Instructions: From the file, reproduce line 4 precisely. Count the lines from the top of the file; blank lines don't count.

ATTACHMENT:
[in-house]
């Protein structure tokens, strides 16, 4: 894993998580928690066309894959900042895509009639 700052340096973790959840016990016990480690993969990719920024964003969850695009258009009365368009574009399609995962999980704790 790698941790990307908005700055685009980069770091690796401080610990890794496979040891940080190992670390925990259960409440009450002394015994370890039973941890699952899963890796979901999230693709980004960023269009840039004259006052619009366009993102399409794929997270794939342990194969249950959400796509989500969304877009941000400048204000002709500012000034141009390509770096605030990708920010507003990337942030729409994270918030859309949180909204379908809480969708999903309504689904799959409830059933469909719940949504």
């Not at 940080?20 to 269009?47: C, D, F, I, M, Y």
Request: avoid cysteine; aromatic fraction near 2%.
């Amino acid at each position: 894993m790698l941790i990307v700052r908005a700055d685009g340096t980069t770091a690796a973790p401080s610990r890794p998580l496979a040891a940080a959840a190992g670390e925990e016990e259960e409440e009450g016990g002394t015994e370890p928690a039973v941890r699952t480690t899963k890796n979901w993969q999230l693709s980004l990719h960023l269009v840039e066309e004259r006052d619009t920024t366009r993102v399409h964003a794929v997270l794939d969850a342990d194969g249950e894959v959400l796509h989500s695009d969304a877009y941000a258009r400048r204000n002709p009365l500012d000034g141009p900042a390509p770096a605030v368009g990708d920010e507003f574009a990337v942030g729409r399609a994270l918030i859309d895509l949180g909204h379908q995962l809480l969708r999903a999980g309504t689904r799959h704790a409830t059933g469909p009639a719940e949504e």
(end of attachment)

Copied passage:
Request: avoid cysteine; aromatic fraction near 2%.